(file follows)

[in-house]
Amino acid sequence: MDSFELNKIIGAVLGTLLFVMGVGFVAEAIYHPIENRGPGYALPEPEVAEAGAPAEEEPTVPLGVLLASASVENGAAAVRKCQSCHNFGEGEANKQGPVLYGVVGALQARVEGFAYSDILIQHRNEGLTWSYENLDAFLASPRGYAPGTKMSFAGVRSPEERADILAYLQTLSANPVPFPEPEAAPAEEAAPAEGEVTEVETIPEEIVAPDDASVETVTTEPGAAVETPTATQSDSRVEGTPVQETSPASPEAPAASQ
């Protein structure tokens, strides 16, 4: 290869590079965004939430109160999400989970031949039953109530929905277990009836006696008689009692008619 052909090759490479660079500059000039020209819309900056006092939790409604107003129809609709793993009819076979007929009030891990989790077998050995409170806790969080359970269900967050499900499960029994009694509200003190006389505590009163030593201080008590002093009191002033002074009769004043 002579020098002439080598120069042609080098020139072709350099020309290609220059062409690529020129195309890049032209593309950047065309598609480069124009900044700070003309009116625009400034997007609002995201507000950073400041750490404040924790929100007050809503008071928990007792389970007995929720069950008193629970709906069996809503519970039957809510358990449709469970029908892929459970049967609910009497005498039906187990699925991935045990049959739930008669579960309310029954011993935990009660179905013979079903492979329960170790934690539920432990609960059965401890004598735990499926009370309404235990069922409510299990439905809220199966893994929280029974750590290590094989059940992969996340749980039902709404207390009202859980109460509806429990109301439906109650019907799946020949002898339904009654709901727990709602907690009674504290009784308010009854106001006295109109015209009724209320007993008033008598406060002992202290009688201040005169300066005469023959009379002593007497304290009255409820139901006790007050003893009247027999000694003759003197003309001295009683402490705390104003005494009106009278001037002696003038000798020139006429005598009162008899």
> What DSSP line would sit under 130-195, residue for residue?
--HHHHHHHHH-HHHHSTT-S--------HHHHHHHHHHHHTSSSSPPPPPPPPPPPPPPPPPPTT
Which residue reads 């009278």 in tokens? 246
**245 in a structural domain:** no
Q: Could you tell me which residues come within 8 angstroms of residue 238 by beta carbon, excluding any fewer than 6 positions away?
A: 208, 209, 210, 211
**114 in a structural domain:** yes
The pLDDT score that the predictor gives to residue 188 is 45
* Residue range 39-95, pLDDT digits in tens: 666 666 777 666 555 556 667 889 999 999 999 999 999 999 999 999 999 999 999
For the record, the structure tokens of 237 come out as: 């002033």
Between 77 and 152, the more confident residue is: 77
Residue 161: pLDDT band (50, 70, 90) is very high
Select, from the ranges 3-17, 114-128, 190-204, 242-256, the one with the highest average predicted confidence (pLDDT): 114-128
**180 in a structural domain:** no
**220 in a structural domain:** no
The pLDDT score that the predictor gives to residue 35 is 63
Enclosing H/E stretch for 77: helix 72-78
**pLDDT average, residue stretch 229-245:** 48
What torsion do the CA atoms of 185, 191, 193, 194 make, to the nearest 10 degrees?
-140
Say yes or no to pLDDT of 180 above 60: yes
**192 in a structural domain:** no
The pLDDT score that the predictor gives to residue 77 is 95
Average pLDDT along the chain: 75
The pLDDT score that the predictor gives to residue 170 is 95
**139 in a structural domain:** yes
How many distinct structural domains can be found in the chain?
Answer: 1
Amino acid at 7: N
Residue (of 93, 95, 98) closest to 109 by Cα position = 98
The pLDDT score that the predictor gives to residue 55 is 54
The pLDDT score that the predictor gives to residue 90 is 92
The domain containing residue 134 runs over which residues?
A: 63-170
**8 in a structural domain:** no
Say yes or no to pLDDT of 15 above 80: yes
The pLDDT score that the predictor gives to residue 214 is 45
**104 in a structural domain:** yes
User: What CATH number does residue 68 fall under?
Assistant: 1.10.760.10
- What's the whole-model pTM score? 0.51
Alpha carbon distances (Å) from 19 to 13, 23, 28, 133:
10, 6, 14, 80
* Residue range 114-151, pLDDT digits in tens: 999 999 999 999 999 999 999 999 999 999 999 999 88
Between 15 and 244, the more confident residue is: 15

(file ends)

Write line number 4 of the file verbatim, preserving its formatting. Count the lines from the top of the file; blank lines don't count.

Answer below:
> What DSSP line would sit under 130-195, residue for residue?